Throughout my career, I consult within my own agency or practice, peer support with an amazing circle of clinical friends, and a few collaborative groups to maintain my balance as a clinician. Ongoing peer support and consultation can be very helpful in preventing burnout. I would like to clarify one aspect of peer support that has become an issue throughout this pandemic: virtual peer support. Don’t get me wrong, I think virtual support is an amazing gem in the past six months. After all, my entire business is virtual! But, having your ‘people’ is just as important in the virtual realm as it is in the physical realm.
My teenage years were spent lifeguarding at a local waterpark. I learned very quickly in my stellar lifeguarding career that one-person drowning was much easier to rescue than two drowning individuals. One person welcomes the rescue and is able to respond to direction. Two individuals tend to pull each other down and if not careful, the lifeguard becomes part of the problem in that scenario instead of the solution.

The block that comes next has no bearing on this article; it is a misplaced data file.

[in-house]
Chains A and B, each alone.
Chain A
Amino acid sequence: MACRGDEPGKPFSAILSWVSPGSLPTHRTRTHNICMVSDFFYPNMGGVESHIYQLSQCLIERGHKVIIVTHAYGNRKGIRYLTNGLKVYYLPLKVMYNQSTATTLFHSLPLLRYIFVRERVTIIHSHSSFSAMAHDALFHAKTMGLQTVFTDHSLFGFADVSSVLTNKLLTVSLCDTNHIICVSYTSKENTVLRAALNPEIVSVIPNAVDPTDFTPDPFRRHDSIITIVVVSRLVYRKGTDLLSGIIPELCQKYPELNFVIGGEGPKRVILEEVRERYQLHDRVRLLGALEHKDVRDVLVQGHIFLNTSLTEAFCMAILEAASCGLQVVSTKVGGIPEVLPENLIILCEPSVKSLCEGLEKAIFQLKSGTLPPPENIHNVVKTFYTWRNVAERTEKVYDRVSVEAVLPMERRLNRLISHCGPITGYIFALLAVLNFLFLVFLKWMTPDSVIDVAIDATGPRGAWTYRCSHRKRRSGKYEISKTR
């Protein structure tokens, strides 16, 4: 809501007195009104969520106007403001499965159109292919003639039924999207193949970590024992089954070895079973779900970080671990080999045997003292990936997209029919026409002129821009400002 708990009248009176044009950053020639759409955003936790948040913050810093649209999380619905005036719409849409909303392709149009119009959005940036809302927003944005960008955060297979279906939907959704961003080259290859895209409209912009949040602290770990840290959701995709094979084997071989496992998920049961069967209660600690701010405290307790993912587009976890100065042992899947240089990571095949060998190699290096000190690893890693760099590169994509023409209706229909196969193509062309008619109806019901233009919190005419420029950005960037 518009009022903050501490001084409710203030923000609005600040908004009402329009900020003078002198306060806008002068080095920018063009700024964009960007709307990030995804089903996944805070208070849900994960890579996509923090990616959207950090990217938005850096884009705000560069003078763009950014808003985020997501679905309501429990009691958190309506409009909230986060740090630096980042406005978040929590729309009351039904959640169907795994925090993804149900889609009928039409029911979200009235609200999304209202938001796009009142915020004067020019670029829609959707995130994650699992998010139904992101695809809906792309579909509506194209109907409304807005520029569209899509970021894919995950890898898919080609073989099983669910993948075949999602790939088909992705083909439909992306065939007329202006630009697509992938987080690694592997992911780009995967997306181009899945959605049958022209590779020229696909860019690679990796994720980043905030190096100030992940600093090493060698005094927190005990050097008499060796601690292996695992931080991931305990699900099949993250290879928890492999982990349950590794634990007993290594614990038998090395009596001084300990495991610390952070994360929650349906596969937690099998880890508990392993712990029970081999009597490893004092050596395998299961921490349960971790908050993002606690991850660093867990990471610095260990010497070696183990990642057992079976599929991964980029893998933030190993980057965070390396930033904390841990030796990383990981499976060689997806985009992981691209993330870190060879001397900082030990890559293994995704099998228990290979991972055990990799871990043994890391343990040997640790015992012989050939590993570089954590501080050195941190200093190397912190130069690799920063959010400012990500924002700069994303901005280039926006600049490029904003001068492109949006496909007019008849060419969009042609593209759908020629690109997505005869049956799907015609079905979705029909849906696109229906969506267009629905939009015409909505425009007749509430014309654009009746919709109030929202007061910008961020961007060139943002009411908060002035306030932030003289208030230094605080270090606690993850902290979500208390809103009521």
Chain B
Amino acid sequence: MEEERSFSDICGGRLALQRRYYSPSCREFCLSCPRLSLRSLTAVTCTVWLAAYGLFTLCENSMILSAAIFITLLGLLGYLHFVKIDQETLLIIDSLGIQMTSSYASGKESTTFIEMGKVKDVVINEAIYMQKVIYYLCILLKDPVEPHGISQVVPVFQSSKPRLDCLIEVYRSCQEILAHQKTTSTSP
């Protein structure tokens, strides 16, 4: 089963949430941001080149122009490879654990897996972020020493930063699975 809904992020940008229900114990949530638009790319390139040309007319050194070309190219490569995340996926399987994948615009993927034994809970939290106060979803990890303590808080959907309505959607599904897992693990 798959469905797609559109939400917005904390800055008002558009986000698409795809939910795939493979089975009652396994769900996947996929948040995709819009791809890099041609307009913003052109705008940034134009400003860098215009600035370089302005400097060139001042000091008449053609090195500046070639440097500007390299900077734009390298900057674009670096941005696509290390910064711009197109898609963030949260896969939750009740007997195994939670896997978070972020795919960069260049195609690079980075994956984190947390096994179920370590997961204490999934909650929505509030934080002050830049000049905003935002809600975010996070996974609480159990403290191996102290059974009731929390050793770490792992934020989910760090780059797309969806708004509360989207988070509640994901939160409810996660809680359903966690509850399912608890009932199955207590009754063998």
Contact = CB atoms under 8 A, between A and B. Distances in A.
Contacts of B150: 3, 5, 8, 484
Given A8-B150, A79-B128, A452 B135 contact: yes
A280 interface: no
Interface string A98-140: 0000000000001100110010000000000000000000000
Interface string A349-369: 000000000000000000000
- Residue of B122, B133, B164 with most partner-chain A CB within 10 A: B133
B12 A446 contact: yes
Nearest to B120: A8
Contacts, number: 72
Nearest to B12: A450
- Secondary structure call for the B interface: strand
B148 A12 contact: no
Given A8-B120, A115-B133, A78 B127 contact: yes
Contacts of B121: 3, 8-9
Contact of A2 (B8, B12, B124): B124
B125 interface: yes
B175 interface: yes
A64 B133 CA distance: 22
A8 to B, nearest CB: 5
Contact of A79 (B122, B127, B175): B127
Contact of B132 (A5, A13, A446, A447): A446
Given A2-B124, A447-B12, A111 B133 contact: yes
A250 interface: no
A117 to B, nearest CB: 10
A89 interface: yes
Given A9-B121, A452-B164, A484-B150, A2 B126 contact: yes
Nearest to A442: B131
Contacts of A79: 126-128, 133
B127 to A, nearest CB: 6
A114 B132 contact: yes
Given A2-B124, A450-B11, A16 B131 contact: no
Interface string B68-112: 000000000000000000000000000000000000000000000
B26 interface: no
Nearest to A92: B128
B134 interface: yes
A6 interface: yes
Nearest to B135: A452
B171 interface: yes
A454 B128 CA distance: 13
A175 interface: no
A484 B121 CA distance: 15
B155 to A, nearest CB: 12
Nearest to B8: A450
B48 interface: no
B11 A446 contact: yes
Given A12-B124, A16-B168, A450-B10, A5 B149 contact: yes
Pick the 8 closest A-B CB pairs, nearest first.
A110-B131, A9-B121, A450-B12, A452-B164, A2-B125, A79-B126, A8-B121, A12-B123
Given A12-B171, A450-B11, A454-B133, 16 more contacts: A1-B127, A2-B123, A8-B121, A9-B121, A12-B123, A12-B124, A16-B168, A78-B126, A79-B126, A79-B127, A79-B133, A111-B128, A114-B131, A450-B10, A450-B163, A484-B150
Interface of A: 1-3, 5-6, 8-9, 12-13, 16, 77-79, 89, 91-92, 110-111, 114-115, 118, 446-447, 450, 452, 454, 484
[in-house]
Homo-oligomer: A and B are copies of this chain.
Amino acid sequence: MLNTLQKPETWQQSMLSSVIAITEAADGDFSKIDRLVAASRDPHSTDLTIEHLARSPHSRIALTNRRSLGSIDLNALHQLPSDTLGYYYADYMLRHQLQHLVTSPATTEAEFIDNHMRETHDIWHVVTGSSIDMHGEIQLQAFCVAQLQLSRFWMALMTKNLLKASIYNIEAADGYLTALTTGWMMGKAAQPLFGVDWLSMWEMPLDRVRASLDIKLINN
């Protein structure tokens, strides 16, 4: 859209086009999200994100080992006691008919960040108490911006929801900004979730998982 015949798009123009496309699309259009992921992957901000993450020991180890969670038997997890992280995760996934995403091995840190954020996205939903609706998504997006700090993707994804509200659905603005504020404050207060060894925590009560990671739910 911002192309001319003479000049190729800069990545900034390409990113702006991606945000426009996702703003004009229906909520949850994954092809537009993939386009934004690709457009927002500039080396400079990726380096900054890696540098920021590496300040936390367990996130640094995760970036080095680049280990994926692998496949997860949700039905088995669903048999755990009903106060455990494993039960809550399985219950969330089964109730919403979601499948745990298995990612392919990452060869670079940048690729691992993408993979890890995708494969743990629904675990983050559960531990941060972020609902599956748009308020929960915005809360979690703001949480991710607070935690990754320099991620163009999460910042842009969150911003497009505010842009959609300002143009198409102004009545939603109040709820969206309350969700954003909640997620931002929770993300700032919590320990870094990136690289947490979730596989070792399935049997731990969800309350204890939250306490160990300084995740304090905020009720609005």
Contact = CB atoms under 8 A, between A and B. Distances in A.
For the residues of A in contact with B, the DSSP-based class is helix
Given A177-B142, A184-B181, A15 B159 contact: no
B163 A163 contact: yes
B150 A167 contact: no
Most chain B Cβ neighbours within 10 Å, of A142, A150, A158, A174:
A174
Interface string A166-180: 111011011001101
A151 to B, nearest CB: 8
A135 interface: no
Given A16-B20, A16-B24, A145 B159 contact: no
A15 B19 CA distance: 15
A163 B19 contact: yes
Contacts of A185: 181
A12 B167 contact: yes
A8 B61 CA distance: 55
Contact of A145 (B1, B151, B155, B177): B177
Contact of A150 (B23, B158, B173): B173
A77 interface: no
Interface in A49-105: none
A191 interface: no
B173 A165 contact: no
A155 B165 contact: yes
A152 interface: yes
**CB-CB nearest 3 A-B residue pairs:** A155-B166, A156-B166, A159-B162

Your people should be people who accept you for who you are at the core, empower you, encourage you, and hold you accountable for the goals that you have set. I am a firm believer that you should always have peers that are ahead of you to mentor you, behind you so you can mentor them, with a few on the same level. Too many therapists in a burned-out space can fuel each other in a positive way, but it can also be negative if not kept in check.
The toll of the pandemic on therapist burnout
Our profession has always been challenging, but the past six months have taken our career to another level of stress. I am seeing more burnout in the clinicians I work with, but I am also seeing a level of shame with clinicians that I have not seen in my career. Having a level of burnout makes you human. Especially, over the last six months. It does not mean you cannot practice; it does not mean you need to take a year off and it does not mean you need to change careers. There are cases that a clinician does need to ethically step away to get the treatment they need to practice in a professional manner. That is the exception, not the norm.